ISBT 128 revved up and ready to roll
Blood bank information systems
Suzanne Butch, CLDir(NCA)
The long-awaited conversion to ISBT 128 blood labeling has
begun in earnest in the United States. Community Blood Center of
Greater Kansas City (Mo.) and its hospital customers recently converted
without major difficulties. And St. Luke’s Episcopal Health
System, Houston, has converted its own collections. Several major
blood centers are planning to convert by the end of the year.
Some transfusion services, however, have voiced concern about paying the annual registration
fee of $100 to the International Council for Commonality in Blood
Banking Automation, the organization that maintains ISBT 128, because
the services ICCBBA provides are not visible to them. The continued
development and expansion of any labeling system, however, requires
support, and because ICCBBA is an international nongovernmental
organization, it must be funded by user fees. If the entire financial
burden for ISBT 128 were placed on blood centers, the overall cost
of blood components would increase. (Information about ISBT 128
licensing can be obtained from the ICCBBAWeb site, www.iccbba.com.)
Although the FDA recognizes ISBT 128, it requires that users ask for an exception
to use the system, providing a significant disincentive to switch.
When, however, the proposed rule “Revisions to Labeling and
Storage Requirements for Blood and Blood Components, Including Source
Plasma” (www.fda.gov/cber/rules/labelstorbld.htm), published July 30, becomes final,
it will no longer be necessary to ask for special permission to
use ISBT 128. The FDA’s current guidance for implementing
ISBT 128 is “Guidance for Industry: Recognition and Use of
a Standard for the Uniform Labeling of Blood and Blood Components”
OHRMS/DOCKETS/98fr/980965gd2.pdf), which dates back to June 2000.
The American Association of Blood Banks and ICCBBA have made implementation materials
available and are continuing to present educational sessions about
ISBT 128. ICCBBA staff and its Americas Technical Advisory Group
are interested in learning about any issues that arise during implementation.
The AABB, along with the American Red Cross and other organizations, is proposing
a new billing system based on the ISBT 128 system of identifying
blood components. Billing for blood components is complex, and transfusion
service software has not always facilitated billing.
The health care reimbursement system is based on providing insurance carriers with
a code to describe the blood component provided to a patient. This
code is then used on insurance forms to determine reimbursement
for services provided. The recent proposed reduction in reimbursement
for outpatient transfusions was based on cost data submitted by
hospitals. This indicates that transfusion services are not billing
correctly since the cost of a red blood cell is less than the charges
assessed by the average blood supplier.
Also a problem for transfusion services is that few facilities bill for CPT code
36430, Transfusion, blood or components. This fee can only
be billed once per day for a patient who has been transfused, and
most transfusion services must bill for this manually. Consequently,
many forgo such billing. Transfusion service software that facilitates
billing for the ABO and Rh reconfirmation testing of red blood cells
would also be of value. Many transfusion services confirm the Rh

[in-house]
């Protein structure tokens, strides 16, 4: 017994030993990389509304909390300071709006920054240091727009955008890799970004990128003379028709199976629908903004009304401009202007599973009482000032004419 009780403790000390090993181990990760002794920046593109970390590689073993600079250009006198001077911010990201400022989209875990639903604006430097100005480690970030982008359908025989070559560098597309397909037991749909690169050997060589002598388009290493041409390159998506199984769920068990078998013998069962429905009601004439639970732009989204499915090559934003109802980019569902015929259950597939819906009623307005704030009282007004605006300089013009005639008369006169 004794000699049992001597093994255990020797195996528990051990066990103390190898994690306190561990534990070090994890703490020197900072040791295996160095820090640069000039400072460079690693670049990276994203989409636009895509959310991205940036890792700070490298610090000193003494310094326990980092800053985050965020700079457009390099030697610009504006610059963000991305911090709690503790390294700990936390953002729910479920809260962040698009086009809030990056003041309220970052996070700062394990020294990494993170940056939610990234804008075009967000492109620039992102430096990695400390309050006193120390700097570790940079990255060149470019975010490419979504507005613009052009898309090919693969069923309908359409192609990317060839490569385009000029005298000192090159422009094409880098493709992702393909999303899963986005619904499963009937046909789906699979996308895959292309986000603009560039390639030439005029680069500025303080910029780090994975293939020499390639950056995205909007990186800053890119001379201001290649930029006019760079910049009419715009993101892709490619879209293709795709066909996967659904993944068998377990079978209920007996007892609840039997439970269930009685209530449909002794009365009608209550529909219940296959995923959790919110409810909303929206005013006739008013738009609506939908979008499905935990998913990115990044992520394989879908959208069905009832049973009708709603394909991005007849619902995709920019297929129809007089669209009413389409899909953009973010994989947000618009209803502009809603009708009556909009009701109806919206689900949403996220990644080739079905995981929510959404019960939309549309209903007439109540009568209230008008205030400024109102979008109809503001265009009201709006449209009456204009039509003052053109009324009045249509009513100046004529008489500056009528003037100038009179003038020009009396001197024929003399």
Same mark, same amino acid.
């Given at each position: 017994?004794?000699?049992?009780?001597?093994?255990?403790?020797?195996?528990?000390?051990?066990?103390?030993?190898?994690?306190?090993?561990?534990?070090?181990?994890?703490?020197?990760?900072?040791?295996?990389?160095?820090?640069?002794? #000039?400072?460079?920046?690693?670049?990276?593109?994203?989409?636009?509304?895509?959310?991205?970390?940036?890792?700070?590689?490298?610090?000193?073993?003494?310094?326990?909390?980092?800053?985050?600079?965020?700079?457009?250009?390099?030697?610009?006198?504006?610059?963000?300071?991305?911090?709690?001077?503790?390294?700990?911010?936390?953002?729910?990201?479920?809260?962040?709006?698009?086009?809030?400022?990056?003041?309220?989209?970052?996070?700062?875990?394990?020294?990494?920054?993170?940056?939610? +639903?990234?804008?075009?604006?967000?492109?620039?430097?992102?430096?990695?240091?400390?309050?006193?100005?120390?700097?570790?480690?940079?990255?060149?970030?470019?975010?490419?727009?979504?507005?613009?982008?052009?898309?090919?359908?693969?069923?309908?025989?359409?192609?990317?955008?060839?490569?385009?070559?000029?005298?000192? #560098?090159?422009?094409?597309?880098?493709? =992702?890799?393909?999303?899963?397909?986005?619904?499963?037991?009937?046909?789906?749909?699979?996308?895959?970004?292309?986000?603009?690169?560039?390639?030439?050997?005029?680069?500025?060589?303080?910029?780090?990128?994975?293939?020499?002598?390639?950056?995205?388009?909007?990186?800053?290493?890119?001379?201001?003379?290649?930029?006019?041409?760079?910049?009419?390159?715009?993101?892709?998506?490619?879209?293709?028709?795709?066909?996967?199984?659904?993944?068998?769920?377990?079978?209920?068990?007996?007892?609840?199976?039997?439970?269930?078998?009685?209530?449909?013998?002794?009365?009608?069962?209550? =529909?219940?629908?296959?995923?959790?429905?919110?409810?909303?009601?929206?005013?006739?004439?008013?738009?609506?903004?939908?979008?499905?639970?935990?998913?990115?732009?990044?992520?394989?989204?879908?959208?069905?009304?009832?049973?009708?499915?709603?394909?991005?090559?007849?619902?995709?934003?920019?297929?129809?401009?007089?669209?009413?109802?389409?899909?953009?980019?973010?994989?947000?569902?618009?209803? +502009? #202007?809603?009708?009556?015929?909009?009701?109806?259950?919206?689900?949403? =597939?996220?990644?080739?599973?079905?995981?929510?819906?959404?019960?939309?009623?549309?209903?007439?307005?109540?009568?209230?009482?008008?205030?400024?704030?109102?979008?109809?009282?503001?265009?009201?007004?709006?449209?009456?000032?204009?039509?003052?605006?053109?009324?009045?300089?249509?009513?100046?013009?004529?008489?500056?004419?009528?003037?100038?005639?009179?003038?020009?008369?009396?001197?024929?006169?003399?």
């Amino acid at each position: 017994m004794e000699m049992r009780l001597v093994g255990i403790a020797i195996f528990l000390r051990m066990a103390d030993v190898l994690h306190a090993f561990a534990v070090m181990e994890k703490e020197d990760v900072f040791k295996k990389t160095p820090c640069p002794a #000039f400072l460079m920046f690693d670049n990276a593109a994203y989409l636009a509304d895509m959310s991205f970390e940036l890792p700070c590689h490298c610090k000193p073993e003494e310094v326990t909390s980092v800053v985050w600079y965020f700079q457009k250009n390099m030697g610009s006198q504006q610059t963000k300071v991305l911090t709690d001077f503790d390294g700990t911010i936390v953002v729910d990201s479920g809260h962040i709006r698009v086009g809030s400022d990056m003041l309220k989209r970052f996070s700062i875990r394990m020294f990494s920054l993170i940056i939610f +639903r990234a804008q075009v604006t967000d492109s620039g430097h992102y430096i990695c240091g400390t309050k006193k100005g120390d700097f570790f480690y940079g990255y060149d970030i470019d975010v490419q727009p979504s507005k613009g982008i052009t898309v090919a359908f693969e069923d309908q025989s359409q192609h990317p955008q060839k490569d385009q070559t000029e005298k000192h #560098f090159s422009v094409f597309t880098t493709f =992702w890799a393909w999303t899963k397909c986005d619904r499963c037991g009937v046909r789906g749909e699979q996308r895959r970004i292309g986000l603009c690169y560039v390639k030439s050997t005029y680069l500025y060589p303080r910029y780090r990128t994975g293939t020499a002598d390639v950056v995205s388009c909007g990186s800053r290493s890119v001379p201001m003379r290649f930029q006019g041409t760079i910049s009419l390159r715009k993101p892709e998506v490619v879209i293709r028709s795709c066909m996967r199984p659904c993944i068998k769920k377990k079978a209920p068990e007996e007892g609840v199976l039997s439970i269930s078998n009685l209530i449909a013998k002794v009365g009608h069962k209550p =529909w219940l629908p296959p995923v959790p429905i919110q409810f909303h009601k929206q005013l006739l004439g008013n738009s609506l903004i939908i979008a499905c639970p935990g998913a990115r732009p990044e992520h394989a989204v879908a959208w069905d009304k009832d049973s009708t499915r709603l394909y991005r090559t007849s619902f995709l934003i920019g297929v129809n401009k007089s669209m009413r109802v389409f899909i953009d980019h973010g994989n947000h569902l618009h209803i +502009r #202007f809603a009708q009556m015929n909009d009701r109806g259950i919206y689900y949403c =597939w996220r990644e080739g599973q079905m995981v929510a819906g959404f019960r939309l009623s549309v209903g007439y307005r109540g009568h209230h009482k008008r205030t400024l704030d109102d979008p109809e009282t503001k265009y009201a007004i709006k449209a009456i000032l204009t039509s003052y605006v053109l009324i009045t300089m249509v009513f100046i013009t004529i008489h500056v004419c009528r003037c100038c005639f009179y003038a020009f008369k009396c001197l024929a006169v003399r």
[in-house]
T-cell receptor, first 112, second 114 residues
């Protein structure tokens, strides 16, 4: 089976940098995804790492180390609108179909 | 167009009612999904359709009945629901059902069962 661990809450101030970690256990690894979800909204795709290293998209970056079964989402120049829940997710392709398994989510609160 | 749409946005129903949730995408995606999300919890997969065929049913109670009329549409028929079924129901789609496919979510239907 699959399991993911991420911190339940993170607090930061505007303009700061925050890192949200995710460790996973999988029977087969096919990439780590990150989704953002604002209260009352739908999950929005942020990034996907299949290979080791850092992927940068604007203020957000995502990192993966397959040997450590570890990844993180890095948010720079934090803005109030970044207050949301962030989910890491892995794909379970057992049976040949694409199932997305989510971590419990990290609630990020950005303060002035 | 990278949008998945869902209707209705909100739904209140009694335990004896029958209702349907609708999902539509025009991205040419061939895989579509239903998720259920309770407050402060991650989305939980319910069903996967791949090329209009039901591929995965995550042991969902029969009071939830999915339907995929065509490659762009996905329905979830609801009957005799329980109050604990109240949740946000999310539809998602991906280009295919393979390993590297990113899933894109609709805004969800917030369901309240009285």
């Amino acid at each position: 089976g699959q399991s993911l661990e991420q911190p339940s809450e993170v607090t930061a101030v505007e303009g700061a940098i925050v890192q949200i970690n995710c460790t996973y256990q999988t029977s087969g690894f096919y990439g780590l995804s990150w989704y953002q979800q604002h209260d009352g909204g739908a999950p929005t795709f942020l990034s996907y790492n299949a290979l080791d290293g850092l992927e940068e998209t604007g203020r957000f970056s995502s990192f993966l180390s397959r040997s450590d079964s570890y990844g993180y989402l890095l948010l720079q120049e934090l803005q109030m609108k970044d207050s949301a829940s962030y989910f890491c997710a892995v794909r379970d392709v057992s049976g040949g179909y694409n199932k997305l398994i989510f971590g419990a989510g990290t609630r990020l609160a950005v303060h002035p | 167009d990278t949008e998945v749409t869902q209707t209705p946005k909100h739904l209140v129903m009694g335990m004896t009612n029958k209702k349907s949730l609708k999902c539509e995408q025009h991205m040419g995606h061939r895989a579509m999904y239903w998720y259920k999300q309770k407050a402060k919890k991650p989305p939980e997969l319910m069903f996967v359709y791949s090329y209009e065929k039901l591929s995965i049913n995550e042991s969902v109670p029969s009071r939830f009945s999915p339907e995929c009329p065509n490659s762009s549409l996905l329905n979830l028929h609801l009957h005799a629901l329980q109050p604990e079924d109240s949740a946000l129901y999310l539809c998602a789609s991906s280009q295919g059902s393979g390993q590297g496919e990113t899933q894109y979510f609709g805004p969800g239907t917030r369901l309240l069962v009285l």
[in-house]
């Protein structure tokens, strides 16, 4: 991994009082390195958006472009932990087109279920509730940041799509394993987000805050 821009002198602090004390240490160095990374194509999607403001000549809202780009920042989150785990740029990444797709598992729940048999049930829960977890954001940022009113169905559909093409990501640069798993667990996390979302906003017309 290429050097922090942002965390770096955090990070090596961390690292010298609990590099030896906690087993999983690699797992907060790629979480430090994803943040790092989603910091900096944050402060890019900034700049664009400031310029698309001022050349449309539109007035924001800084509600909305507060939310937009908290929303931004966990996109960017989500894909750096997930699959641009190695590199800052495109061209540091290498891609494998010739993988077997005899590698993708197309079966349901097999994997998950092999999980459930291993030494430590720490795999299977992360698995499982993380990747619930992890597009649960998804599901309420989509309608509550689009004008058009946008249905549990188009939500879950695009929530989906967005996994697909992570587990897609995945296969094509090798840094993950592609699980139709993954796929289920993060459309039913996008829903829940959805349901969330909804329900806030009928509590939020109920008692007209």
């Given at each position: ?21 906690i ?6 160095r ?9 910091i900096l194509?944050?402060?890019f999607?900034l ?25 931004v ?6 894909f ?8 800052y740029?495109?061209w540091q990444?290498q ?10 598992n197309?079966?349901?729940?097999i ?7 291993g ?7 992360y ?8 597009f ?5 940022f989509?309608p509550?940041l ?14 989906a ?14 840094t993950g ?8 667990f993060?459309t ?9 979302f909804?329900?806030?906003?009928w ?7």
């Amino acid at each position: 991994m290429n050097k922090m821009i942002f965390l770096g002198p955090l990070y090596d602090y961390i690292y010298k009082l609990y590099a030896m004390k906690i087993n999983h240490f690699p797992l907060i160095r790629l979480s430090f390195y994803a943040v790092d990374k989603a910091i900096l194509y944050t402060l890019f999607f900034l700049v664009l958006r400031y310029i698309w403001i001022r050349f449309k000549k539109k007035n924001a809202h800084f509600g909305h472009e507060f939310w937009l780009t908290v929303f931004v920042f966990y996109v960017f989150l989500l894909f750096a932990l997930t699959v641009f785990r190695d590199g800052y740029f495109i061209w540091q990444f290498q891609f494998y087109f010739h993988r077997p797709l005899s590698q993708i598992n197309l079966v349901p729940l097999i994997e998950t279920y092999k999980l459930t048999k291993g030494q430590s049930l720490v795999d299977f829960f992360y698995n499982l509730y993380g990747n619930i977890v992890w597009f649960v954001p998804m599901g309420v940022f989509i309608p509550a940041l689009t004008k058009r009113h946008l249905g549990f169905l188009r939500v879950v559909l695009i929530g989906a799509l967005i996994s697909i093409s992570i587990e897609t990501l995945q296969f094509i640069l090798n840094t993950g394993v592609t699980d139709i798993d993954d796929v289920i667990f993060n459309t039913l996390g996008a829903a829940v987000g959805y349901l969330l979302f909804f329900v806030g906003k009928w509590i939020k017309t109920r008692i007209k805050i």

of Rh-negative units and would need a mechanism to automatically
bill the recipient for the ABO on all red blood cell units and the
Rh of the Rh-negative units.
How billing is coded obviously is critical to obtaining appropriate reimbursement.
For example, a unit of red blood cells that has been irradiated
receives a higher reimbursement if it is billed as an irradiated
red blood cell than if the billing was for a red blood cell processing
fee and an irradiation service charge.
Under the ISBT 128 billing system proposed by the AABB and others, products would
be billed by component class (red blood cells, apheresis platelets),
and additional fees would be assessed for modifiers (frozen, washed,
thawed) and attributes (irradiated, leukocyte reduced). Once the
new billing system was identified, it would be up to the software
vendors to ensure that their transfusion service software could
use ISBT 128-based billing.
In the meantime,
blood bank software vendors need to consider how best to meet their
clients’ billing needs using their current software. Billing
issues are an excellent topic for any software user group meeting.
Appearing on pages 40 through 50 are 18 blood bank information systems from 10
vendors. Several of the vendors in this year’s lineup claim
to offer full support of ISBT 128 unit labeling, among other features.
New to this year’s survey is PathNet Blood Bank Donor, from Cerner, which
received FDAclearance at CAPTODAY press time.
In another development at press time, Wyndgate Technologies announced that it will provide
McKesson Information Solutions with its SafeTrace Tx transfusion
management system, which will be privately labeled as Horizon Blood
Bank and marketed as an integrated module of McKesson’s Horizon
Lab laboratory information system. (For more information about the
marketing agreement, see “Newsbytes,” page 82.)
The profiles presented on the following pages were generated from vendors’
answers to a questionnaire. Please verify the accuracy of vendors’
claims before making a purchase.
Suzanne Butch is chief technologist of the blood bank and transfusion service,
University of Michigan Health System, Ann Arbor. She is responsible
for validating and implementing blood bank software. For more on
ISBT 128, see “Waiting game nearly over for ISBT 128,” page 1.